Stakeholders – such as staff groups – should also be brought into the development process to help ensure its success.

The Chartered Management Institute (CMI) recommends that a good strategy is developed to be:

  • flexible
  • responsive
  • creative
  • challenging
  • realistic
  • focused
  • engaging

And in order to be effective, strategic planning also needs to be implemented appropriately. The CMI recommends implementation techniques such as: 

  • ensuring that plans are aligned with the organisation’s mission, vision and values
  • building an effective leadership team
  • creating a dedicated implementation plan
  • allocating sufficient budgetary resources
  • assigning objectives and responsibilities to the appropriate people
  • aligning structures, processes, and people throughout the organisation
  • communicating the strategy
  • reviewing and reporting on progress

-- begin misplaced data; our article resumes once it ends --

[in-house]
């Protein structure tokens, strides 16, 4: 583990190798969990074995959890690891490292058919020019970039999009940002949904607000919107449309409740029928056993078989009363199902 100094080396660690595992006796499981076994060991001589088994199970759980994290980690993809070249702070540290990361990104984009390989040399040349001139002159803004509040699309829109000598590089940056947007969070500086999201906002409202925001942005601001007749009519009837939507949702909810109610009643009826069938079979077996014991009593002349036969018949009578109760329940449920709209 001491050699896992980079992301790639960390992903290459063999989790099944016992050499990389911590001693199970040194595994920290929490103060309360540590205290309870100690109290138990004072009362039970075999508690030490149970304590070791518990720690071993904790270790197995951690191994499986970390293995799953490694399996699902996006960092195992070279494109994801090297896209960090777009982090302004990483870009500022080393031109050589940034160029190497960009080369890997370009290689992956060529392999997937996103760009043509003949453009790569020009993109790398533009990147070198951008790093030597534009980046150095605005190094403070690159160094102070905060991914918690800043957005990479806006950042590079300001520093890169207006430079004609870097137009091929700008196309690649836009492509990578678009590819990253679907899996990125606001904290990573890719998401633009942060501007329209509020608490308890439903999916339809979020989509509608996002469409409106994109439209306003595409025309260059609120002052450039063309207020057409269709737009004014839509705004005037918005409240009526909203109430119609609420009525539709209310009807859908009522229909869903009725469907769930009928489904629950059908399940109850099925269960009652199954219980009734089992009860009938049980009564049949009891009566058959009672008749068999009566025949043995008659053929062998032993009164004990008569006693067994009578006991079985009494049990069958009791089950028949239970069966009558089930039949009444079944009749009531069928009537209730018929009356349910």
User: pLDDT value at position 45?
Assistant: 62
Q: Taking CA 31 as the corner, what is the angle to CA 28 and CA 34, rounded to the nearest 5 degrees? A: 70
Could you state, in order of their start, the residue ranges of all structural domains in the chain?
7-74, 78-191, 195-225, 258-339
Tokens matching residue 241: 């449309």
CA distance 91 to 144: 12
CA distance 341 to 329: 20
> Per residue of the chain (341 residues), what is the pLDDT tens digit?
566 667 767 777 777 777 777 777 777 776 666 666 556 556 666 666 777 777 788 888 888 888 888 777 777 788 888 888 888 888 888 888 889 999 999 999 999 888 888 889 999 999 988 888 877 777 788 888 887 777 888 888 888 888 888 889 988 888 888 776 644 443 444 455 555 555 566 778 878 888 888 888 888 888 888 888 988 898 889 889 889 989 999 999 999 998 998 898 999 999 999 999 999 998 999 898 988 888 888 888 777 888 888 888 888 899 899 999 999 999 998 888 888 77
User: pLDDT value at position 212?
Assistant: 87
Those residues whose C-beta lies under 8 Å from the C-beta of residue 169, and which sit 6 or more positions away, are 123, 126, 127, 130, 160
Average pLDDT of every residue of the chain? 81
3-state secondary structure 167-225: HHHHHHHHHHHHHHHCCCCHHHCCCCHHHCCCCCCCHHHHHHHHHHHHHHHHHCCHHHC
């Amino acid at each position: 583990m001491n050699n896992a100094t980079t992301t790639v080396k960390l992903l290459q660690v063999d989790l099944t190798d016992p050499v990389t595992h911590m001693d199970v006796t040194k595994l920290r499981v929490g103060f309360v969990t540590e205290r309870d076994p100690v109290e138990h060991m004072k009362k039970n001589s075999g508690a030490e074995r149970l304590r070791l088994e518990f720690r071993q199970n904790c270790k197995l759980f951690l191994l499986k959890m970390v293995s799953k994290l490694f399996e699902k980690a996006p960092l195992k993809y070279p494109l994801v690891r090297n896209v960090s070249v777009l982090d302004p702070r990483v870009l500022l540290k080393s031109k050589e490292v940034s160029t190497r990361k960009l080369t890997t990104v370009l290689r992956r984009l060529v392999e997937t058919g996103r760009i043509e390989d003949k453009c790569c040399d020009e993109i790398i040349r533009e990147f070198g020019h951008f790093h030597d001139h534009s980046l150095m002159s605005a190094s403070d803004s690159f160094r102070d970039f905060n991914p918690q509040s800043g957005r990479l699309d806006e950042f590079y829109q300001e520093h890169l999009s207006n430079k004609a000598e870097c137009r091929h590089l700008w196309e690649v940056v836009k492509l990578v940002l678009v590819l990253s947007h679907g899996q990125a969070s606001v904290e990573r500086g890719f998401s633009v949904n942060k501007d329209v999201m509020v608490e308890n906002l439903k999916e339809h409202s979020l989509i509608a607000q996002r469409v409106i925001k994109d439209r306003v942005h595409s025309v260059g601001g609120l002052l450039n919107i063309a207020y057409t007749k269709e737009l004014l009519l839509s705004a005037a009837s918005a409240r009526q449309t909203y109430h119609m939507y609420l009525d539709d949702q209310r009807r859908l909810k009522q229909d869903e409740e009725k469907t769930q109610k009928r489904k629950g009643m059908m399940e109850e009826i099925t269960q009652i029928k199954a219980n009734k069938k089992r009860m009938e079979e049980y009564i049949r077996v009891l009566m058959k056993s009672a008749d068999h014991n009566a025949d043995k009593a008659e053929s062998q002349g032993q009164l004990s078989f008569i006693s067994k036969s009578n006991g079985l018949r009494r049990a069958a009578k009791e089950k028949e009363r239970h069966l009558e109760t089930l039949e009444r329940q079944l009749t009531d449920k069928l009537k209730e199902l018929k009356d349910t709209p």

• making strategic adjustments as necessary
  • developing an organisational culture that supports the strategy

Types of business strategies

There are a number of different business strategies used within the business world.

Common business strategy examples include:

  • Cost leadership. Cost leadership business strategies focus on beating competitors’ prices. For example, businesses such as Amazon look for ways to increase efficiencies or reduce production costs so that their prices are lower than their competitors’ prices. They often rely on economies of scale.
  • Differentiation. Differentiation business strategies highlight the unique features of products and services to stand out from competitors.
  • Focused differentiation. Focused differentiation is typically used by businesses that target niche markets. For example, an eco-friendly child toy company might market itself specifically to environmentally conscious parents. 
  • Focused low-cost. Focused low-cost business strategies are similar to focused differentiation strategies, but their point of differentiation is specifically lower-cost products and services.